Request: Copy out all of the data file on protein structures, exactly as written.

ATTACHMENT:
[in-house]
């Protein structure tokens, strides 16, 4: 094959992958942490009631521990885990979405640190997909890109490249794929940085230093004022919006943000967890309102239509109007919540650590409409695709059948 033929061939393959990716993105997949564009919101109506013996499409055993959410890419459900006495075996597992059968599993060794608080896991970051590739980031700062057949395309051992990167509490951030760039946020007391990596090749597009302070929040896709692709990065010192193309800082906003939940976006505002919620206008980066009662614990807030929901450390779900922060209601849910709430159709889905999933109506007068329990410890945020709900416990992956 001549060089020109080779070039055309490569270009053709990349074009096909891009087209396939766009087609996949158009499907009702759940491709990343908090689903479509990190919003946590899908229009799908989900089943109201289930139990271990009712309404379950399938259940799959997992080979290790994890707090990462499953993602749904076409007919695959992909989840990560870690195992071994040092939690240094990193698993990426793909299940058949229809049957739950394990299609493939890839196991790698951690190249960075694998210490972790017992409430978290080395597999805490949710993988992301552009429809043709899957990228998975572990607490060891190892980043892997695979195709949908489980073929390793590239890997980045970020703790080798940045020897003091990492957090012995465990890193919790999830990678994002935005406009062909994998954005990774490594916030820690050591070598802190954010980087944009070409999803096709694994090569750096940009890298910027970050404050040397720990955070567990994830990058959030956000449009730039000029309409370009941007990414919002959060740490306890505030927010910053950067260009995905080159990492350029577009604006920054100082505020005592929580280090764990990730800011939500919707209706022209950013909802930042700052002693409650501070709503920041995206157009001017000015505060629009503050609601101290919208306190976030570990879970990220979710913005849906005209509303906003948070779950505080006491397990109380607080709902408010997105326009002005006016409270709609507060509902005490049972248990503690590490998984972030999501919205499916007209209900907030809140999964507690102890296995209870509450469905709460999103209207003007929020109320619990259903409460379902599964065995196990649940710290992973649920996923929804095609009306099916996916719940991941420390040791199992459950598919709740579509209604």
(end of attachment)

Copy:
[in-house]
């Protein structure tokens, strides 16, 4: 094959992958942490009631521990885990979405640190997909890109490249794929940085230093004022919006943000967890309102239509109007919540650590409409695709059948 033929061939393959990716993105997949564009919101109506013996499409055993959410890419459900006495075996597992059968599993060794608080896991970051590739980031700062057949395309051992990167509490951030760039946020007391990596090749597009302070929040896709692709990065010192193309800082906003939940976006505002919620206008980066009662614990807030929901450390779900922060209601849910709430159709889905999933109506007068329990410890945020709900416990992956 001549060089020109080779070039055309490569270009053709990349074009096909891009087209396939766009087609996949158009499907009702759940491709990343908090689903479509990190919003946590899908229009799908989900089943109201289930139990271990009712309404379950399938259940799959997992080979290790994890707090990462499953993602749904076409007919695959992909989840990560870690195992071994040092939690240094990193698993990426793909299940058949229809049957739950394990299609493939890839196991790698951690190249960075694998210490972790017992409430978290080395597999805490949710993988992301552009429809043709899957990228998975572990607490060891190892980043892997695979195709949908489980073929390793590239890997980045970020703790080798940045020897003091990492957090012995465990890193919790999830990678994002935005406009062909994998954005990774490594916030820690050591070598802190954010980087944009070409999803096709694994090569750096940009890298910027970050404050040397720990955070567990994830990058959030956000449009730039000029309409370009941007990414919002959060740490306890505030927010910053950067260009995905080159990492350029577009604006920054100082505020005592929580280090764990990730800011939500919707209706022209950013909802930042700052002693409650501070709503920041995206157009001017000015505060629009503050609601101290919208306190976030570990879970990220979710913005849906005209509303906003948070779950505080006491397990109380607080709902408010997105326009002005006016409270709609507060509902005490049972248990503690590490998984972030999501919205499916007209209900907030809140999964507690102890296995209870509450469905709460999103209207003007929020109320619990259903409460379902599964065995196990649940710290992973649920996923929804095609009306099916996916719940991941420390040791199992459950598919709740579509209604």